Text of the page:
Since the news of the death of Queen Elizabeth II mourners have been leaving tributes – including flowers, toy Paddington Bears and even marmalade sandwiches ‘for later’ – outside the gates of royal residences across the UK.
Thousands have flocked to Buckingham Palace, Windsor Castle, and Balmoral Castle in Scotland to pay their respects since her death on Thursday 8 September, with mourners laying flowers, toys, and balloons in tribute to Britain’s longest-serving monarch who only recently celebrated her Platinum Jubilee.
But in order to promote sustainability, plastic wrappings on the floral displays are being removed for recycling, flowers will be composted, and Paddington and his trademark marmalade sandwiches are being discouraged.
The Queen and the royal family have long been associated with the children’s character Paddington Bear and, as part of her Platinum Jubilee celebrations, Queen Elizabeth II filmed a sketch with the popular bear, which featured their shared love of marmalade sandwiches.
‘Perhaps you would like a marmalade sandwich,’ Paddington asked the Queen after draining a pot of tea. ‘I always keep one for emergencies.’
After taking the sandwich out of his famous red hat, she replied: ‘So do I,’ and pulled one out of her handbag.
The connection prompted thousands of mourners to leave soft toys and jars of marmalade, but The Royal Parks – the charity which manages 5,000 acres of parkland across London – has asked mourners to stop leaving the bears, sandwiches, and other non-biodegradable gifts.
‘We would prefer visitors not to bring non-floral objects/artefacts such as teddy bears or balloons,’ the statement said. ‘Visitors are asked not to leave artefacts in any other areas of the parks.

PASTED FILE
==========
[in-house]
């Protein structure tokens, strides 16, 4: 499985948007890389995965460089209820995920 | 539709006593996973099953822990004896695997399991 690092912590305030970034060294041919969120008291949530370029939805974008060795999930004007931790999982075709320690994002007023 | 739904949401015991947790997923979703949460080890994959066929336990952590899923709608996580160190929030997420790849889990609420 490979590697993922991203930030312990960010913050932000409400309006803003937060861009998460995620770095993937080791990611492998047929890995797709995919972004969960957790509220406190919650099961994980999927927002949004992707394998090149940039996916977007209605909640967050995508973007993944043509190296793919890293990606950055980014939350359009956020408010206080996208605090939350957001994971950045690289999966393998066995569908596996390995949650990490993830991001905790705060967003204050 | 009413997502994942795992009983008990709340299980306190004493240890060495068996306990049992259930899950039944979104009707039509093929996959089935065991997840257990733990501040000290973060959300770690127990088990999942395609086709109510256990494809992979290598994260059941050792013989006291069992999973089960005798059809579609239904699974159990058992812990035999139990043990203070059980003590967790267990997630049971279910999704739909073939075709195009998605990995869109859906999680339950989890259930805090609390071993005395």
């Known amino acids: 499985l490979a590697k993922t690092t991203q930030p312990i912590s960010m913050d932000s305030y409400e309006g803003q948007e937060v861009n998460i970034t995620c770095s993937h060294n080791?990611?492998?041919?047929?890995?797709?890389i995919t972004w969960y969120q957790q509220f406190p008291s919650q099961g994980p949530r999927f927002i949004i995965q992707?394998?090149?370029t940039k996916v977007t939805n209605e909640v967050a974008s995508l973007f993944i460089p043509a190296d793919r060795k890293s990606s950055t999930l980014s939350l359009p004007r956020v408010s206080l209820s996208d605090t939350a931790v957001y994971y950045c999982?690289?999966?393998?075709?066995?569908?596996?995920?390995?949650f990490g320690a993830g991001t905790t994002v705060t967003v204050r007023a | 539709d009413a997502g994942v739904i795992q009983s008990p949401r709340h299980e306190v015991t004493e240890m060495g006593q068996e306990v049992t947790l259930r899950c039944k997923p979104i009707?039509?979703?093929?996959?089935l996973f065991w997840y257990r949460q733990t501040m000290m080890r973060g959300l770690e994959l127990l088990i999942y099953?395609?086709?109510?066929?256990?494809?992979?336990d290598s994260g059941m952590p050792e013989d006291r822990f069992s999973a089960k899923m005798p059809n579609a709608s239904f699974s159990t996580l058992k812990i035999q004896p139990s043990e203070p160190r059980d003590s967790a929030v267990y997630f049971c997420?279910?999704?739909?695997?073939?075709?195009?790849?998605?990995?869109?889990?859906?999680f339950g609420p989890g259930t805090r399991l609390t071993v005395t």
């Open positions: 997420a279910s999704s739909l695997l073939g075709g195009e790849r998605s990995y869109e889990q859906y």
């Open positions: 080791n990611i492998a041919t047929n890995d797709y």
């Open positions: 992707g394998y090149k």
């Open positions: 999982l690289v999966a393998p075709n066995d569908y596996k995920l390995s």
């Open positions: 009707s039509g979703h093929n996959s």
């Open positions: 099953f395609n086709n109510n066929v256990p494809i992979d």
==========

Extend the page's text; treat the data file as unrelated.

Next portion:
Sustainable Tribute for Queen
‘In the interests of sustainability, we ask visitors to only lay organic or compostable material,’ the statement continued, adding ‘the public will be asked to remove all wrapping from floral tributes and place these in the bins provided. Removing the wrapping will aid the longevity of the flowers and will assist in subsequent composting which will start between one week and a fortnight after the date of the funeral.
‘Labels and cards will be separated from flowers and stored. Once floral tributes are removed, they will be taken to the Hyde Park nursery for processing to remove any remaining packaging, cards and labels, and to separate plant material for composting in nearby Kensington Gardens.
‘This organic composted material will be used on shrubberies and landscaping projects across the Royal Parks.’
If flowers are bought to the park in plastic covering, stewards are on hand to remove the material for recycling.
For members of the public wishing to pay a practical sustainable tribute, the UK government is also directing people to the many charities the Queen patronised. Environmental organisations listed include Surfers Against Sewage, Fauna and Flora International and the Soil Association.
For the royal funeral itself, private jets transporting foreign dignitaries are also being discouraged.
According to the Foreign, Commonwealth and Development Office, Heathrow Airport will not be available for private flight arrangements or aircraft parking.
However US President Joe Biden, and First Lady Jill, are still expected to arrive on Air Force One, as the aircraft can land at RAF Mildenhall in Suffolk.
Heads of state are also banned from using helicopters to get around the capital, as air space will be congested. They have also been told not to use their official cars to attend the service on 19 September. Instead, dignitaries will be bussed from a site in London to Westminster Abbey.